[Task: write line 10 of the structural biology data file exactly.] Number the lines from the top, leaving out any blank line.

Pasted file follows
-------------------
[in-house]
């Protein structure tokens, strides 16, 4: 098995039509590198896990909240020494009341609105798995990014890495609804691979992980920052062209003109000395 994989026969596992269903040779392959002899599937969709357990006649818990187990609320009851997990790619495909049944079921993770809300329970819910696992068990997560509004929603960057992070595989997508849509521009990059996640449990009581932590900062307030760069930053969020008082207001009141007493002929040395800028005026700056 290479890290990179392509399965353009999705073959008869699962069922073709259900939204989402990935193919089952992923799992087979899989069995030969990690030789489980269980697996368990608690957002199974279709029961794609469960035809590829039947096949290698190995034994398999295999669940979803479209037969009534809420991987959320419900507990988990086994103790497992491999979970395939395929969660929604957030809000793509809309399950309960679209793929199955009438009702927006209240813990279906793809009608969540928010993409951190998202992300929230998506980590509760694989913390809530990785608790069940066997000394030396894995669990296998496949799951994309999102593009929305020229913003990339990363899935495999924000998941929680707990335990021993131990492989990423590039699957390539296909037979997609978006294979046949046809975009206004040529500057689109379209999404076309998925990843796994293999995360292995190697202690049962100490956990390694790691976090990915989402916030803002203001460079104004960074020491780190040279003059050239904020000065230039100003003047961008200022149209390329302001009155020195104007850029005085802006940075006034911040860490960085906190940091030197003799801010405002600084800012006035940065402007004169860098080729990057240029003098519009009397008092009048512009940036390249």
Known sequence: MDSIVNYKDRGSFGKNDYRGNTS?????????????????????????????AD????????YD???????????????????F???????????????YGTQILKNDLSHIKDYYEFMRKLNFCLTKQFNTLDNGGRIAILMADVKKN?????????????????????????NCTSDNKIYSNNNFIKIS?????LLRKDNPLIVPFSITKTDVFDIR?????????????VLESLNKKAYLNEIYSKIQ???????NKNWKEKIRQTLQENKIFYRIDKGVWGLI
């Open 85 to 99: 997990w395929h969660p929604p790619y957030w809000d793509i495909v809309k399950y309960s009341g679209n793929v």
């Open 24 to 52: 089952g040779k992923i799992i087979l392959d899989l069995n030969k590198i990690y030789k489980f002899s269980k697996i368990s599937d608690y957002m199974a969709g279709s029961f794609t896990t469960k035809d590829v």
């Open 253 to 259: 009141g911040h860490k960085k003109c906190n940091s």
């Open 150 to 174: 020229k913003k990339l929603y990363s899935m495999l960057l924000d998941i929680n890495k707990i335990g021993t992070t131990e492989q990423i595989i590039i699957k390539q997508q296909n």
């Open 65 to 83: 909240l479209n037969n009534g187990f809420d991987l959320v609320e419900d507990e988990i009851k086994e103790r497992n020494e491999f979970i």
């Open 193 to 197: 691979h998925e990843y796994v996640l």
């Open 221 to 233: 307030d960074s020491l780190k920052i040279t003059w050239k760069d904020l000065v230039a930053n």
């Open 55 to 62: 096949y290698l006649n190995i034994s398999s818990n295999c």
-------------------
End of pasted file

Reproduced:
């Open 221 to 233: 307030d960074s020491l780190k920052i040279t003059w050239k760069d904020l000065v230039a930053n």